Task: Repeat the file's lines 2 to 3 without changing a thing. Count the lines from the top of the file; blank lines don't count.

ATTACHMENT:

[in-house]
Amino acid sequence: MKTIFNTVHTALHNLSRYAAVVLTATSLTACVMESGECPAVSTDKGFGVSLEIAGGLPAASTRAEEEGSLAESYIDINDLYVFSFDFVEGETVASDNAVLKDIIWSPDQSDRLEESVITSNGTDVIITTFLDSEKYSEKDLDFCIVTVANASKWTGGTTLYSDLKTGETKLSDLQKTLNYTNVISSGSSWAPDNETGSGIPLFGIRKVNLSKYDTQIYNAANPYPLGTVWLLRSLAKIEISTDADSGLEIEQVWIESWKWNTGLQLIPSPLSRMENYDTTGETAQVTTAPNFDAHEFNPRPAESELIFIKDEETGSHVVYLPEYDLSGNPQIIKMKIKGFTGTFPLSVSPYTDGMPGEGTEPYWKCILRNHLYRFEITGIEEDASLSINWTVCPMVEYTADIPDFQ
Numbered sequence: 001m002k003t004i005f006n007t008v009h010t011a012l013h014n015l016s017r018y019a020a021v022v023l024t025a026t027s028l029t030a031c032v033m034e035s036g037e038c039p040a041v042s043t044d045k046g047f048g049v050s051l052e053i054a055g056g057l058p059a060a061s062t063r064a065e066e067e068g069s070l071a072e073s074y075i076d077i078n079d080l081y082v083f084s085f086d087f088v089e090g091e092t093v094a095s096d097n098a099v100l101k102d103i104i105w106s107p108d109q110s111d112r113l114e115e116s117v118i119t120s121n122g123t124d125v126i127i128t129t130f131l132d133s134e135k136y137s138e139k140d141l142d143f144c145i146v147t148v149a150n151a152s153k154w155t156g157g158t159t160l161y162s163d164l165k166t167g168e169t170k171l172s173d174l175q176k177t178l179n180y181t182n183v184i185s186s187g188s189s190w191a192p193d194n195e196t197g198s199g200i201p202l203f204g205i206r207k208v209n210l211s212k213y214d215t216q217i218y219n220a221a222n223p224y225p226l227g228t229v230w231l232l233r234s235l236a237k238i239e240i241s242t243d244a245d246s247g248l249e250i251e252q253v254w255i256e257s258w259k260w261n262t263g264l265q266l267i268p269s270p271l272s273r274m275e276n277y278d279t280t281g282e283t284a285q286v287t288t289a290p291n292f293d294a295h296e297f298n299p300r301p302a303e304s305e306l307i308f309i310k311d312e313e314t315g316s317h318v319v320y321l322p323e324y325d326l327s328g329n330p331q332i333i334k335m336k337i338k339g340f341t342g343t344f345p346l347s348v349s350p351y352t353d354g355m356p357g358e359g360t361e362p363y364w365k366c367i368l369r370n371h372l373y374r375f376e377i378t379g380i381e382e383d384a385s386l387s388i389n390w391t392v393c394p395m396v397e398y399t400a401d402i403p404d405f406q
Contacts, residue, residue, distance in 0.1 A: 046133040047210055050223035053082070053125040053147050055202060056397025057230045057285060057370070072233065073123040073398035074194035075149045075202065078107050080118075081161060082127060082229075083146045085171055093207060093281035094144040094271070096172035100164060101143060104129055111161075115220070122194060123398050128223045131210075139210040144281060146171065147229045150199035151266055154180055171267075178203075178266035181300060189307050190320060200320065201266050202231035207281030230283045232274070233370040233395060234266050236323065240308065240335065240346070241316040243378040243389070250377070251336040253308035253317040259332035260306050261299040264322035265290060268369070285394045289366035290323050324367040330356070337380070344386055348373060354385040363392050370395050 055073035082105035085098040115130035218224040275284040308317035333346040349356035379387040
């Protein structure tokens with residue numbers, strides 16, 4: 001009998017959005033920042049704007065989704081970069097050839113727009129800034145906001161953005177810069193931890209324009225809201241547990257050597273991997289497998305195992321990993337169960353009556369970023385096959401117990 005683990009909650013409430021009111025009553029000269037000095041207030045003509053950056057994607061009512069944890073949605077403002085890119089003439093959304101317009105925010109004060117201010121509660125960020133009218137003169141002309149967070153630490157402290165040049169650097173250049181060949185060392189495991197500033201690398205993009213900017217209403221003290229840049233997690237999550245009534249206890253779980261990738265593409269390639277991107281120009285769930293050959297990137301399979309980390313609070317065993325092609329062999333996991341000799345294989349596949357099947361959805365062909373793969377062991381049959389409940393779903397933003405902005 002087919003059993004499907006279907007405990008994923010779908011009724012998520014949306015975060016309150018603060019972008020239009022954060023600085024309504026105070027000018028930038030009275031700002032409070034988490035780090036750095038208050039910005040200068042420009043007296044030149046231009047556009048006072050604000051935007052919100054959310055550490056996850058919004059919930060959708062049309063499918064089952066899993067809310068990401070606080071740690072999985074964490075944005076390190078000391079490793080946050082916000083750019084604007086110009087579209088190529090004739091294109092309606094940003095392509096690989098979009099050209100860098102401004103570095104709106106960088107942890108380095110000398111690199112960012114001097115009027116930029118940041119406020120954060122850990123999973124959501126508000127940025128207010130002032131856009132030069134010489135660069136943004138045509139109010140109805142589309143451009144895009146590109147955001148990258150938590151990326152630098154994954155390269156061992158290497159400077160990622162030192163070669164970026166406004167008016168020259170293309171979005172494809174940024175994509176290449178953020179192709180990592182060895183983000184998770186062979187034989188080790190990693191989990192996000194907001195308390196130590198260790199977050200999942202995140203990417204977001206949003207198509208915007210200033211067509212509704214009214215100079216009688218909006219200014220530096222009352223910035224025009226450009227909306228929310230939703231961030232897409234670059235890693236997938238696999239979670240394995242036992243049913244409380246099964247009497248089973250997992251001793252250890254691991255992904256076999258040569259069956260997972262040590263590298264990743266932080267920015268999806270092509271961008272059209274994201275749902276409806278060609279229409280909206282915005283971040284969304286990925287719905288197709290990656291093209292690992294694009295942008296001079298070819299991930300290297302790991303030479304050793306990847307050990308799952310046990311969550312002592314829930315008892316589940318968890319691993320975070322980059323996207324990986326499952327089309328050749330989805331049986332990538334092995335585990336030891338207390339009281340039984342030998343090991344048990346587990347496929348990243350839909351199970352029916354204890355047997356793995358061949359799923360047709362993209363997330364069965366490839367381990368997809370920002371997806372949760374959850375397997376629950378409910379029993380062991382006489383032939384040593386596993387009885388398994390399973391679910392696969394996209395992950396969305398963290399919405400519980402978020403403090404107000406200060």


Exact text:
Amino acid sequence: MKTIFNTVHTALHNLSRYAAVVLTATSLTACVMESGECPAVSTDKGFGVSLEIAGGLPAASTRAEEEGSLAESYIDINDLYVFSFDFVEGETVASDNAVLKDIIWSPDQSDRLEESVITSNGTDVIITTFLDSEKYSEKDLDFCIVTVANASKWTGGTTLYSDLKTGETKLSDLQKTLNYTNVISSGSSWAPDNETGSGIPLFGIRKVNLSKYDTQIYNAANPYPLGTVWLLRSLAKIEISTDADSGLEIEQVWIESWKWNTGLQLIPSPLSRMENYDTTGETAQVTTAPNFDAHEFNPRPAESELIFIKDEETGSHVVYLPEYDLSGNPQIIKMKIKGFTGTFPLSVSPYTDGMPGEGTEPYWKCILRNHLYRFEITGIEEDASLSINWTVCPMVEYTADIPDFQ
Numbered sequence: 001m002k003t004i005f006n007t008v009h010t011a012l013h014n015l016s017r018y019a020a021v022v023l024t025a026t027s028l029t030a031c032v033m034e035s036g037e038c039p040a041v042s043t044d045k046g047f048g049v050s051l052e053i054a055g056g057l058p059a060a061s062t063r064a065e066e067e068g069s070l071a072e073s074y075i076d077i078n079d080l081y082v083f084s085f086d087f088v089e090g091e092t093v094a095s096d097n098a099v100l101k102d103i104i105w106s107p108d109q110s111d112r113l114e115e116s117v118i119t120s121n122g123t124d125v126i127i128t129t130f131l132d133s134e135k136y137s138e139k140d141l142d143f144c145i146v147t148v149a150n151a152s153k154w155t156g157g158t159t160l161y162s163d164l165k166t167g168e169t170k171l172s173d174l175q176k177t178l179n180y181t182n183v184i185s186s187g188s189s190w191a192p193d194n195e196t197g198s199g200i201p202l203f204g205i206r207k208v209n210l211s212k213y214d215t216q217i218y219n220a221a222n223p224y225p226l227g228t229v230w231l232l233r234s235l236a237k238i239e240i241s242t243d244a245d246s247g248l249e250i251e252q253v254w255i256e257s258w259k260w261n262t263g264l265q266l267i268p269s270p271l272s273r274m275e276n277y278d279t280t281g282e283t284a285q286v287t288t289a290p291n292f293d294a295h296e297f298n299p300r301p302a303e304s305e306l307i308f309i310k311d312e313e314t315g316s317h318v319v320y321l322p323e324y325d326l327s328g329n330p331q332i333i334k335m336k337i338k339g340f341t342g343t344f345p346l347s348v349s350p351y352t353d354g355m356p357g358e359g360t361e362p363y364w365k366c367i368l369r370n371h372l373y374r375f376e377i378t379g380i381e382e383d384a385s386l387s388i389n390w391t392v393c394p395m396v397e398y399t400a401d402i403p404d405f406q